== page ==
Home / Music / Artist Interviews / INTERVIEW: Singer-Songwriter Jamie Alimorad

INTERVIEW: Singer-Songwriter Jamie Alimorad

Hi Jamie, welcome to VENTS! How have you been?

I’m doing well! Thanks for having me.

Can you talk to us more about your upcoming single “Not Ready To Say Goodbye”?

“Not Ready To Say Goodbye” is the lead single off my upcoming album This Is Tomorrow Calling. It’s an uptempo pop song, with a seductive vibe. I’m absolutely in love with the lead electric and nylon string guitar. It gives a Latin feel that enchants you and the chorus hits with a big drop and harmonies.

Did any event, in particular, inspire you to write this song?

I wrote the song as an exercise. I wanted to do something with subtle key changes, something you don’t hear too much in pop music anymore. I had the title “Not Ready To Say Goodbye” in my notes for a month or two, and after playing with two guitar riffs I came up with a melody where the title fit. The rest came from there.

I wasn’t inspired, so to say, at that moment by anything, but I had gone through a breakup within the year, so there were probably some feelings that I hadn’t tapped into yet that came out in the song.

Any plans to release a video for the track?

Yes! I absolutely love the music video we made, and I’m proud to say I directed it. I took inspiration from Bruno Mars’ “It Will Rain” and Richard Marx’s “Beautiful Goodbye” videos, respectively, to capture a vibe and filming style. Courtney Harris co-stars in the video with me, and she was a pleasure to work with.

The single comes off your new album This Is Tomorrow Calling – why taking so long on releasing this material?

Believe me, I never intended for this to take so long. Back in the fall of 2014, I made a verbal agreement with one of my musical idols, Gino Vannelli, to produce my new album. We agreed to do a four or five track EP, and I launched a Kickstarter to raise funding. At the completion of the Kickstarter, there were pre-production meetings and talks with labels, and we came to the decision that doing a full-length album would be best. That brought on a new challenge of raising even more money.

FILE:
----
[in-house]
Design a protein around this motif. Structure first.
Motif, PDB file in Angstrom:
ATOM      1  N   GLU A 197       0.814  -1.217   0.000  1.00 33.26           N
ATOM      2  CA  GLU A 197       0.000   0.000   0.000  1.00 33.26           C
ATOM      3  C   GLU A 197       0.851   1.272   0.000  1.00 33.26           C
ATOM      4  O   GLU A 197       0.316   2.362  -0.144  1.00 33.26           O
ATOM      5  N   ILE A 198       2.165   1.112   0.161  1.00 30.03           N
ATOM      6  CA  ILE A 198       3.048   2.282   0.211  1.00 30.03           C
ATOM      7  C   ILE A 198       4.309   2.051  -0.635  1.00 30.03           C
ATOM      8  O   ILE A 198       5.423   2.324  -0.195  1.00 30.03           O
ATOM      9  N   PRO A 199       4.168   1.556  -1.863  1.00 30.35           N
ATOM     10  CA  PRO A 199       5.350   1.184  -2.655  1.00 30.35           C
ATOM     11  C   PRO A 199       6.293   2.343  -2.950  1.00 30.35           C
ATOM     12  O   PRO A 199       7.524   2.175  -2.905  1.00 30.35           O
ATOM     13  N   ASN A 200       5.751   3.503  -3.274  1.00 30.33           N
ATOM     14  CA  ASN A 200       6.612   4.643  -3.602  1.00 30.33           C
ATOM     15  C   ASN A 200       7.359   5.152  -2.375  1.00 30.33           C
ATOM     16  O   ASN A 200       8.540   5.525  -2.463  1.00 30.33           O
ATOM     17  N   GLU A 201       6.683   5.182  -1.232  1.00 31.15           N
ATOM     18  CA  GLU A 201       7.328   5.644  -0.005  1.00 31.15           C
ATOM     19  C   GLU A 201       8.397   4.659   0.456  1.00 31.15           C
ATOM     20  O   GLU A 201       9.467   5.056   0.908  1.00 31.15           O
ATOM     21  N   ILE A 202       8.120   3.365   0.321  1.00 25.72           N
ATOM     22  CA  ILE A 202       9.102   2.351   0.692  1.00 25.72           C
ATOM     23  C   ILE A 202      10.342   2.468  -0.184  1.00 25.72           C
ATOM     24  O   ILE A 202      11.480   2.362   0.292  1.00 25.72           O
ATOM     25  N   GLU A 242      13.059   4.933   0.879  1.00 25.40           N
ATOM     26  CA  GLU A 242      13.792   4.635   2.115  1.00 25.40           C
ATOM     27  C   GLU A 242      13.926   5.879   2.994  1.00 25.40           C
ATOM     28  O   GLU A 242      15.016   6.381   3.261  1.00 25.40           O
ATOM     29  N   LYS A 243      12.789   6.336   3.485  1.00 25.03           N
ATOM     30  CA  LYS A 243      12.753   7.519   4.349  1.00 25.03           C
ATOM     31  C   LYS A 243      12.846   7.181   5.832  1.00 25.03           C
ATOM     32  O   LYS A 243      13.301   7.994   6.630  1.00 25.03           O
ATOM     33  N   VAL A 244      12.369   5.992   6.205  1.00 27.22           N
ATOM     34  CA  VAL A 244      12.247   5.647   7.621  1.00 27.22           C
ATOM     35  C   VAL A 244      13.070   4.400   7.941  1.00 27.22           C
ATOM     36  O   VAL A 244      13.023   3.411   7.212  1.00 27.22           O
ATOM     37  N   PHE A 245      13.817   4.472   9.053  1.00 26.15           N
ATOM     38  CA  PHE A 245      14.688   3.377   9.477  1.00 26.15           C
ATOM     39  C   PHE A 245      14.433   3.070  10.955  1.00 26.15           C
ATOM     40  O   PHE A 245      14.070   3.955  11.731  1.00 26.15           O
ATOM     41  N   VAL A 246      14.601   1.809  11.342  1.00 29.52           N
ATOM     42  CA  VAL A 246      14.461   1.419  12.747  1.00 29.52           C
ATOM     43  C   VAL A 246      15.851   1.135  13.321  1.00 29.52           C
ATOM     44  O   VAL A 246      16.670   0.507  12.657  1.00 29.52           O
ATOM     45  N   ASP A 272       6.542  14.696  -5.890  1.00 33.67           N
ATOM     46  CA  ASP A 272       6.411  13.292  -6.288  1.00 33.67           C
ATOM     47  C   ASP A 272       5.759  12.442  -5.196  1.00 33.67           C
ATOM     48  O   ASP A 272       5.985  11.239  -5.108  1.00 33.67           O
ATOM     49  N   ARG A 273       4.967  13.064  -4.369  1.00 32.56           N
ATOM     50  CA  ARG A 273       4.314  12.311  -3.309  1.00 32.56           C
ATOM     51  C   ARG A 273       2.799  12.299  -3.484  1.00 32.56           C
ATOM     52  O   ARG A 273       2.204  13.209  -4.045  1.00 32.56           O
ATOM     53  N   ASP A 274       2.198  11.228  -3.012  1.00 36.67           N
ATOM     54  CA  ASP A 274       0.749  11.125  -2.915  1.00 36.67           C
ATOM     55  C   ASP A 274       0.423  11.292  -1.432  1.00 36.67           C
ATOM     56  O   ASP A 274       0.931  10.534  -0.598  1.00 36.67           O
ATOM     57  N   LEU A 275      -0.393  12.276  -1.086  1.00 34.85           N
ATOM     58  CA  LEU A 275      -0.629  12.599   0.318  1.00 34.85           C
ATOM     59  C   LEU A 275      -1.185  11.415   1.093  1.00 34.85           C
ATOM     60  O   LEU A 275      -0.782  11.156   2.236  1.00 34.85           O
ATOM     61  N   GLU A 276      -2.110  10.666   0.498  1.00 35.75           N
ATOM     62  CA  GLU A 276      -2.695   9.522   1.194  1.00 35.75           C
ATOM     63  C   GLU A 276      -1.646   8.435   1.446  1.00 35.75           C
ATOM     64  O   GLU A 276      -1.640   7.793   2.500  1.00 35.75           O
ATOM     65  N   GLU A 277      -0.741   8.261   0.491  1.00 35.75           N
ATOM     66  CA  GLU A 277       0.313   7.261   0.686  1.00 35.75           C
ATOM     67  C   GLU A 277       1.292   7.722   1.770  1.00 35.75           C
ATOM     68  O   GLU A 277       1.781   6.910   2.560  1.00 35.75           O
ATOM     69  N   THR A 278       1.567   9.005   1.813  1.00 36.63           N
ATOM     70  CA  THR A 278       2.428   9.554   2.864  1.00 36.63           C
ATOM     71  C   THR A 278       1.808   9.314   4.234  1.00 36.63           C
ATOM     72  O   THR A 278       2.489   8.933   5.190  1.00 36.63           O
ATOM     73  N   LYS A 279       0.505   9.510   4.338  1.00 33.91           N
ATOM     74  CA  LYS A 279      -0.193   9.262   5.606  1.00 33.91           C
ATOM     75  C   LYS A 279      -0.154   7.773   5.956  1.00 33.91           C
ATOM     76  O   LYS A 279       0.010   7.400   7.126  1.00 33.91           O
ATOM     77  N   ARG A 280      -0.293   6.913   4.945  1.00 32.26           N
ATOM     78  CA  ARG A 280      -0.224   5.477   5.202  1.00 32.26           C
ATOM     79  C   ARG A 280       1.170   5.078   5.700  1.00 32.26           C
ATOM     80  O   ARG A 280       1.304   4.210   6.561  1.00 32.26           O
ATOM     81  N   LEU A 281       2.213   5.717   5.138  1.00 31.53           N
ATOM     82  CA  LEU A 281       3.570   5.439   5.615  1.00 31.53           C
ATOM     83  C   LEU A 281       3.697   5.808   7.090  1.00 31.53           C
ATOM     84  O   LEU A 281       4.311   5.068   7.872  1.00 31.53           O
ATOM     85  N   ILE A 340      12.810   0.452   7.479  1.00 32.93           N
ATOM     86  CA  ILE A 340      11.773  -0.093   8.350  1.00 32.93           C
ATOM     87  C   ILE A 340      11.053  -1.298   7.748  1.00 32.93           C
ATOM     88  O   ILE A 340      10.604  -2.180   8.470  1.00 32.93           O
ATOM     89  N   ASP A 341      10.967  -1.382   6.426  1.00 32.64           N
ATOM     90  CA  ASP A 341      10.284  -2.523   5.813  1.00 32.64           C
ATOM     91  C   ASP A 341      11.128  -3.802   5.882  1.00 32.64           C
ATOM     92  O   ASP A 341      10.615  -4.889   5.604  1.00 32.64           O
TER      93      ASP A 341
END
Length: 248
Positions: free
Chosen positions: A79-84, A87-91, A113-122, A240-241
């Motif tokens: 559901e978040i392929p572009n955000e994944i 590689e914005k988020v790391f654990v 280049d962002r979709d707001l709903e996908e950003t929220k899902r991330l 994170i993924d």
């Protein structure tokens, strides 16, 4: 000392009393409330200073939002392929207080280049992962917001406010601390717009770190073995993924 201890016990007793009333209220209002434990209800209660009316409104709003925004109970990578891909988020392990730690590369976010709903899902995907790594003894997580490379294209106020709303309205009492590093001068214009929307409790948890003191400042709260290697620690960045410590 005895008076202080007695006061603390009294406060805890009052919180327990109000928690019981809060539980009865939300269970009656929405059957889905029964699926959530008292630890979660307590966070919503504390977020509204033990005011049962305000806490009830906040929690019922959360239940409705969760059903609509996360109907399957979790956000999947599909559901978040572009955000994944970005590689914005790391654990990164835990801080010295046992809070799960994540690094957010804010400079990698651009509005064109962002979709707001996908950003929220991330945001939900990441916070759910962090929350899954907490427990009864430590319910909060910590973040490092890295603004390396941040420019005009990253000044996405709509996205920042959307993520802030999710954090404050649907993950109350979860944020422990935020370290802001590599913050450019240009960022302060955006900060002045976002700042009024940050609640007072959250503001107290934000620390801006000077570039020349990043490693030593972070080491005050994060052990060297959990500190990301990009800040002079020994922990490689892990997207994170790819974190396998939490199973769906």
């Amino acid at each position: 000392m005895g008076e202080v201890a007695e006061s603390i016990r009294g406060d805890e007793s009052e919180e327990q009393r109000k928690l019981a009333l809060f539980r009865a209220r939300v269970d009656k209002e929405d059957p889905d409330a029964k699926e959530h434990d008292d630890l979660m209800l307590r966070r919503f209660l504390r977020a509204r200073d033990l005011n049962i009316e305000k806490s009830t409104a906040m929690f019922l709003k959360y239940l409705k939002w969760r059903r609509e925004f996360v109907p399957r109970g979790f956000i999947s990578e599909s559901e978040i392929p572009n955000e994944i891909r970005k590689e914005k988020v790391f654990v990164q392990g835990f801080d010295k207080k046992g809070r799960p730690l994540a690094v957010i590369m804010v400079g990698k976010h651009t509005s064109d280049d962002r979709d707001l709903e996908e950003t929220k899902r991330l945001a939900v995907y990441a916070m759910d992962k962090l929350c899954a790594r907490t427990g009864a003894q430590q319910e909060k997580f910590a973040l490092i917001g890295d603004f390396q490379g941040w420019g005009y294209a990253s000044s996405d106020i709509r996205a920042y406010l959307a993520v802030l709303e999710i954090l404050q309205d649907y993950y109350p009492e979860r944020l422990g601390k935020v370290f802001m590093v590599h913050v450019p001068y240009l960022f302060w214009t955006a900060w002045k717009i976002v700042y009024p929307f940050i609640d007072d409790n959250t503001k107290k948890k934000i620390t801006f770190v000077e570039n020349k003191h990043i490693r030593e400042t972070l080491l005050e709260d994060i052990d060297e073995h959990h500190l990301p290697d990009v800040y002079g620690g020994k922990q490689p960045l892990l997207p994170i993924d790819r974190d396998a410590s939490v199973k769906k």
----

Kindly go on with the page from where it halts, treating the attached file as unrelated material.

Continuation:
We recorded a song off Gino’s 2006 album, These Are The Days, called “Rock Me To Heaven”, one of my favorites, to serve as a promo single, that I then took around and pitched myself to private investors. It took a year and a half, but we were finally able to have the funding and go back into the studio to finish the album.

How much did time serve as an advantage?

Well at the moment, watching the days, weeks, and months go by did not feel like an advantage at all. In that time I wrote about 36 songs, and as I sent in the demos that I was recording at home, Gino would give me his feedback. He called me out to his studio to go over the 9 we picked to begin arrangements. Just before I flew out, I sent him two cuts I wrote within a week; “Lucky Me” and “You Are My Home”, which we would later rename “I Am Home”. He loved these two songs. So much so, that he told me it raised the bar for the album and the other songs that I had written no longer measured up. It was frustrating, to say the least, but the way he pushed me brought out things I didn’t know were in there, including “Not Ready To Say Goodbye”.